Once upon a Christmas Eve in 1959 near Aguadilla, Puerto Rico, where my husband and I were living, my parents, sisters, aunt and cousin came to spend the holidays with us. We had turned in for the night when there was a ruckus out on the road in front of our house. My husband and I were sleeping on a metal cot in the front room. The family were in other rooms. When they heard the noise, everyone came into our room and piled onto the iron cot, so we could watch the doings out front.
On the hill behind us lived an old broom maker. All day he made lovely brooms out of some of the grasses. If he sold some, he used the money for liquor and drank all night. He had a girlfriend who didn’t drink with him, and they often fought. This evening they were in front of our house. He was quite inebriated, waving a bottle around. His girlfriend didn’t like what he was saying and was angrily trying to calm him down. A crowd of about 20 of our neighbors plus goats and dogs were gathered around the broom maker and his girlfriend, watching the show. After giving up on reasoning with him, the broom maker’s girlfriend landed a left hook on his jaw.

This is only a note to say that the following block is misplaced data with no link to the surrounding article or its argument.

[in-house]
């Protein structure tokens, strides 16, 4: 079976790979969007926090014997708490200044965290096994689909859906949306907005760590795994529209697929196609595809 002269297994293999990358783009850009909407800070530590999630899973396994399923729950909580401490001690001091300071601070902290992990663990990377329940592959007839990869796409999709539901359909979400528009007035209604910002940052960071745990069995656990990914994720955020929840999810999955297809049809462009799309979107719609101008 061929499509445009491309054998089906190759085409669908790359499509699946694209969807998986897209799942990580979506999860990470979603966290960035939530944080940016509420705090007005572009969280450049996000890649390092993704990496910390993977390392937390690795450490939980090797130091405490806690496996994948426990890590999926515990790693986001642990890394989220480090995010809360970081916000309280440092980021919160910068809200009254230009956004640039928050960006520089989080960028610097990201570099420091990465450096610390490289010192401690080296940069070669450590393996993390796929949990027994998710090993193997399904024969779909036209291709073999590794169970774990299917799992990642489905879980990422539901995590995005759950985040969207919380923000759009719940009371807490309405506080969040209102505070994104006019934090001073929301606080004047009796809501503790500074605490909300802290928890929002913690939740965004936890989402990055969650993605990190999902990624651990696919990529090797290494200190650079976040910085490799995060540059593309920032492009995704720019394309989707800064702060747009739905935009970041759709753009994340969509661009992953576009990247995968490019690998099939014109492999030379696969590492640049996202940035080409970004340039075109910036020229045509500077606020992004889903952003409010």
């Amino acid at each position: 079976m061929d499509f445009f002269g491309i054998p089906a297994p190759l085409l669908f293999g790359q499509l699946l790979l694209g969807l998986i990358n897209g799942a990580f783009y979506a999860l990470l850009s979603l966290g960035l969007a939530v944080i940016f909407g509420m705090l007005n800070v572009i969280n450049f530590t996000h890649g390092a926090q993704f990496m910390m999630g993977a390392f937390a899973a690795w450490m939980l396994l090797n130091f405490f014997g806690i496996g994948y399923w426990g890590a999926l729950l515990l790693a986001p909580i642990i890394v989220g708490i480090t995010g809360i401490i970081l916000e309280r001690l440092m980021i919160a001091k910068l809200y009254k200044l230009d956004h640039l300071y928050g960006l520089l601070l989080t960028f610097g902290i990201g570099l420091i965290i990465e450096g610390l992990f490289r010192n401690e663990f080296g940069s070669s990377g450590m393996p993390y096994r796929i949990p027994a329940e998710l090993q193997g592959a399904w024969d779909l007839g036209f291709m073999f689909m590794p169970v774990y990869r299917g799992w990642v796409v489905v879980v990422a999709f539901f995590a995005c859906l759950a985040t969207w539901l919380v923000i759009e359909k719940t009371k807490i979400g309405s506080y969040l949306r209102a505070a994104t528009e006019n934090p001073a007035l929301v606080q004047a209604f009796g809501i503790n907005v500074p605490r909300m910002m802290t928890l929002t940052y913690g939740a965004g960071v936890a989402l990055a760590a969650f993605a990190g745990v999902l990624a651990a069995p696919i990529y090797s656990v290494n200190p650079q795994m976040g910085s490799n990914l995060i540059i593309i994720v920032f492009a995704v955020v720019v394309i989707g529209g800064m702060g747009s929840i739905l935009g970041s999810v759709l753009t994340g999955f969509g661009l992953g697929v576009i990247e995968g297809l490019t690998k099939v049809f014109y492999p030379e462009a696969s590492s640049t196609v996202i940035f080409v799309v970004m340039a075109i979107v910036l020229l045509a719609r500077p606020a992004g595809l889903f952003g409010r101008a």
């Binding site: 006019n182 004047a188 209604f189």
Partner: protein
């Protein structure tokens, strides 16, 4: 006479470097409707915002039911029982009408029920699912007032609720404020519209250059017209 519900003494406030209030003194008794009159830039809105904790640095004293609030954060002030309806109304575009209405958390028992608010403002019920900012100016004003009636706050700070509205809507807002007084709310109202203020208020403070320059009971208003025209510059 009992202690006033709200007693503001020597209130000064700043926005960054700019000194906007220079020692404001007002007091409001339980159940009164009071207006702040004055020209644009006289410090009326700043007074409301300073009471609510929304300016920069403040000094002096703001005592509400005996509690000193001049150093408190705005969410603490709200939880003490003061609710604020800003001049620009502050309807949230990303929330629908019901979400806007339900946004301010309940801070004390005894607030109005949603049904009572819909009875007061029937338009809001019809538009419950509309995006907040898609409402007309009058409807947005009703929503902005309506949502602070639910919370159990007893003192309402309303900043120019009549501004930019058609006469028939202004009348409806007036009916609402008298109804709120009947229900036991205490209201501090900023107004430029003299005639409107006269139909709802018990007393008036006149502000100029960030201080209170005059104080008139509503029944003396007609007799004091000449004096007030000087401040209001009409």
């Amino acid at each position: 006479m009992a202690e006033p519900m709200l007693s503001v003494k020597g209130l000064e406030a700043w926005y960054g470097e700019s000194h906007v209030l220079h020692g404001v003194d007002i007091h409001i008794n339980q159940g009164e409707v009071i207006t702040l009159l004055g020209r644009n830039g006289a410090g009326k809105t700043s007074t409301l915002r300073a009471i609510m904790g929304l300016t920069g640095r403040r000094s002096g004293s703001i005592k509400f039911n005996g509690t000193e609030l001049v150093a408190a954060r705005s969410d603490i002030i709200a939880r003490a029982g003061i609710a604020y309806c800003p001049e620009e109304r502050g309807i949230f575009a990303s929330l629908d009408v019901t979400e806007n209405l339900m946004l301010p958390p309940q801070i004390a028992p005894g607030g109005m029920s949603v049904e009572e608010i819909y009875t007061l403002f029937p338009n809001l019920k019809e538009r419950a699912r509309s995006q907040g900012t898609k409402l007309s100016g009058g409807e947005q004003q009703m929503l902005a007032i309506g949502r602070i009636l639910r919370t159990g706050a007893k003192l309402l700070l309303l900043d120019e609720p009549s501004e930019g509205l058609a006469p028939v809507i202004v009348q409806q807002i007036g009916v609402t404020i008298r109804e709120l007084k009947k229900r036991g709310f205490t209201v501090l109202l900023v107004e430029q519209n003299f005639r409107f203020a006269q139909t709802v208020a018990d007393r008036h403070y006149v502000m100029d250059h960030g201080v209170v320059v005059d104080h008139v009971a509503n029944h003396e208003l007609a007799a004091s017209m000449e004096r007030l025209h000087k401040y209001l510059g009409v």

As the broom maker went down, there was a huge crash. It sounded as if a bomb had fallen. Everyone screamed. The dogs yelped. The people and animals in the road scattered in all directions. The broom maker made a miraculous recovery and staggered off. My family landed on the floor.
The cot had collapsed with the weight of all of us. The loud crash was the metal cot–and all of us–hitting the ceramic tile floor.
The broom maker remained sober for several weeks.
Meyers is a Taos writer.